3. “Not to disparage politeness,courtesy but this current over- sensitivity to any reference to one’s looks . . . .”

      Seems to me one ought to be a bit cautious about commenting (egregiously? gratuitously?) about anothers physical characteristics/appearance. Do such comments qualify as ad hominem? Who among us are without physical blemish, especially after the bloom of youth fades? (Such commenting is not an option for a blind person, eh?)

      [Last week, on the eve of the U.S. mid-term election, an NPR reporter declined to resist the urge to comment on Mitch McConnell’s physical, specifically facial, characteristics. What did that possibly have to do with election campaign coverage? (I vigorously oppose his politics/ideology.) On the other hand, were McConnell discovered to have made disparaging remarks about his opponent’s, or any other human being’s, physical appearance, then he ought not to whine if a tsunami of vituperation befalls him.]

      But, if that’s free speech, so be it. However,one who dishes it out should not be “offended” if it is returned in equal measure.

      1. Ad homs should be called out for what they are – shitty arguments meant to attack someone and elicit an emotional response that takes away from a logical discussion. I actually get annoyed even at jokes about a person’s appearance, for example Bill Maher’s constant jibes at Chris Christie. So they guy is overweight, last I checked obesity wasn’t a character flaw. Attack his stupid ideas but leave his appearance out of it.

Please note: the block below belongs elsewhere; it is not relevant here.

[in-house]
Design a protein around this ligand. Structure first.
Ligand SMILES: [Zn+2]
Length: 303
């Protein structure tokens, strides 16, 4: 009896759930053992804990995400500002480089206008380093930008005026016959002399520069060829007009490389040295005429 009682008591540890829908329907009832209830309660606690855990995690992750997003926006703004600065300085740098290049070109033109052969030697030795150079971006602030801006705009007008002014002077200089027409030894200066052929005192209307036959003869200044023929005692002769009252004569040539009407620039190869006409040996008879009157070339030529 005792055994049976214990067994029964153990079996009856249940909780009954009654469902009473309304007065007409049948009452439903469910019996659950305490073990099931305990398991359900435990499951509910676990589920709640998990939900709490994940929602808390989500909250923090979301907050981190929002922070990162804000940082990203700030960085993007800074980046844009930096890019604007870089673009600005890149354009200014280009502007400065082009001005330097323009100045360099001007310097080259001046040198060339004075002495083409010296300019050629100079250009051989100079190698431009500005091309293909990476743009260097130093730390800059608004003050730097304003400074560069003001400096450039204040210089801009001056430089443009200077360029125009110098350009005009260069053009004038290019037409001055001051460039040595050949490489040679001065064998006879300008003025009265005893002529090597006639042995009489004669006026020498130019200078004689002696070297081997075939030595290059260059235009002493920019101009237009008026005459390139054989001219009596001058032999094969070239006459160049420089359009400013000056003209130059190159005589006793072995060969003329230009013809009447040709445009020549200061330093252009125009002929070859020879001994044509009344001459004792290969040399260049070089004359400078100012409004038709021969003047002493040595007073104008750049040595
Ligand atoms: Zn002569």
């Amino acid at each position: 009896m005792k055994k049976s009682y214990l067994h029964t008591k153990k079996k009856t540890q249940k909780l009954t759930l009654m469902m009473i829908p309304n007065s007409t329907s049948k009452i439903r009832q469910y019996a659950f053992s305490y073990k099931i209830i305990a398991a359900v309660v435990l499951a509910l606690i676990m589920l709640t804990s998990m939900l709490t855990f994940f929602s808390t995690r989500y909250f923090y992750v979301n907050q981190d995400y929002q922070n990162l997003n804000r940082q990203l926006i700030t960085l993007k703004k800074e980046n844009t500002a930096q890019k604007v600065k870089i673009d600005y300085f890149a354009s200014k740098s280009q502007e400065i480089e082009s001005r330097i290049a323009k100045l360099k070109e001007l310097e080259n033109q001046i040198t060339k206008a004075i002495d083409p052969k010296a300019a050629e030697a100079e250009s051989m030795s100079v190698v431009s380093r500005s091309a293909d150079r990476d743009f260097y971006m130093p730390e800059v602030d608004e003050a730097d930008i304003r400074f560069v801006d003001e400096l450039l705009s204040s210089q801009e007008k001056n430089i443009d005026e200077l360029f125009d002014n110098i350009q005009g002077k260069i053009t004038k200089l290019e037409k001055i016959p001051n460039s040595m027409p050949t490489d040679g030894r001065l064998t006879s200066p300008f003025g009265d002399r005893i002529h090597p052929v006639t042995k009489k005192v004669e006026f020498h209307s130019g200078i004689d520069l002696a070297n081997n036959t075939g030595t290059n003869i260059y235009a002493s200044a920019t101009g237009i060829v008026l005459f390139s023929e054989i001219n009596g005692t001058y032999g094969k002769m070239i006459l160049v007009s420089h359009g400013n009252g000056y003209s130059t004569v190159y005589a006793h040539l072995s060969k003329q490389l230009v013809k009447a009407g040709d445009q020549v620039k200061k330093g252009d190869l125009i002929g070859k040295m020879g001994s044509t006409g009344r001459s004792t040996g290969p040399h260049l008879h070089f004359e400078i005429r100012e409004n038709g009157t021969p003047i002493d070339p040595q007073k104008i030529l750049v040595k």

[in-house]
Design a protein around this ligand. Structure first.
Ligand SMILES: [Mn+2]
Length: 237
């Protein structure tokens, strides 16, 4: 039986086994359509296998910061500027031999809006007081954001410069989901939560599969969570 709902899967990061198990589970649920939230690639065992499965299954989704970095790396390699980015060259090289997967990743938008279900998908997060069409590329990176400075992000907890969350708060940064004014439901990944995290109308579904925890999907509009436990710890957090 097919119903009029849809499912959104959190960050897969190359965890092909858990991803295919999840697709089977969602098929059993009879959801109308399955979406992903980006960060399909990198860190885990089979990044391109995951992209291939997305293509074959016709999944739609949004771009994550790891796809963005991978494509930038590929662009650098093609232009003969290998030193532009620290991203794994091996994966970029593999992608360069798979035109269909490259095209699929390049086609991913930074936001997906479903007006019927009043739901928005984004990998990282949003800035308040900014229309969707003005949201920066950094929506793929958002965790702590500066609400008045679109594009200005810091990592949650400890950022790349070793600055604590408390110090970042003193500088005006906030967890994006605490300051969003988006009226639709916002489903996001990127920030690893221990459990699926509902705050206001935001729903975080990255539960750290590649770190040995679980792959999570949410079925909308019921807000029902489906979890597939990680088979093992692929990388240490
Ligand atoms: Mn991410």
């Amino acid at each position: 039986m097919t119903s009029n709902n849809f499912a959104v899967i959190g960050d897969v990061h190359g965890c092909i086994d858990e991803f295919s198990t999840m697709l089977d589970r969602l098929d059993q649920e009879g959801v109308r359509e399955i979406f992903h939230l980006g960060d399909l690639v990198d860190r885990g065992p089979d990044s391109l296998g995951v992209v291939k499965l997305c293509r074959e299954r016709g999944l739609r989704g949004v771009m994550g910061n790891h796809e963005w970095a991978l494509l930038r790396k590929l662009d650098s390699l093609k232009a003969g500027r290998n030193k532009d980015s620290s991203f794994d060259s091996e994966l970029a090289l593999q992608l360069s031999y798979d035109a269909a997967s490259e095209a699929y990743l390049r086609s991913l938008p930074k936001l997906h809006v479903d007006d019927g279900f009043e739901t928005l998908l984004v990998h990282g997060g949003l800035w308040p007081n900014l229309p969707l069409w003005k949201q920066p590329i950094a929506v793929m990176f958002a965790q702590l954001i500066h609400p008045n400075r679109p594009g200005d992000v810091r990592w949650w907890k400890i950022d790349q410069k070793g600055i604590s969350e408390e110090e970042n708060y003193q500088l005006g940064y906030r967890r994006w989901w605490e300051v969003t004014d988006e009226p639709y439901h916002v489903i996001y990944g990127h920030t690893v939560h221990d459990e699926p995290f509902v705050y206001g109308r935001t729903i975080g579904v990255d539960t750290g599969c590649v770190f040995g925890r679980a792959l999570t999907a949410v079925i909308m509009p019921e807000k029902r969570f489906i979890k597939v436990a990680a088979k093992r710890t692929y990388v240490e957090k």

1. I agree with you but not everyone has done so. Recall, if you will the ‘Sin of Gluttony’ and Danté’s Third Circle of Hell with the punishment he dreamed up for them there.

          1. Physical appearance used to be taken as indicative of a person’s character back on those times. It was rampant in Ancient Rome and people had no qualms about public ally shaming someone they thought was unattractive.

  5. Two things:

    One, a lot of it has to do with the rise of the internet and social media. Suddenly we live in a world where your thoughts and opinions on religion and politics have real world consequences in an unprecedented way. Suddenly everyone you know past, present and even future can see what you think or used to think; and that has real life social consequences. The fact that many Americans, in spite of living in the one country that has the most robust free speech laws in the world, still comment anonymously for fear of the people they know seeing what they really think speaks volumes.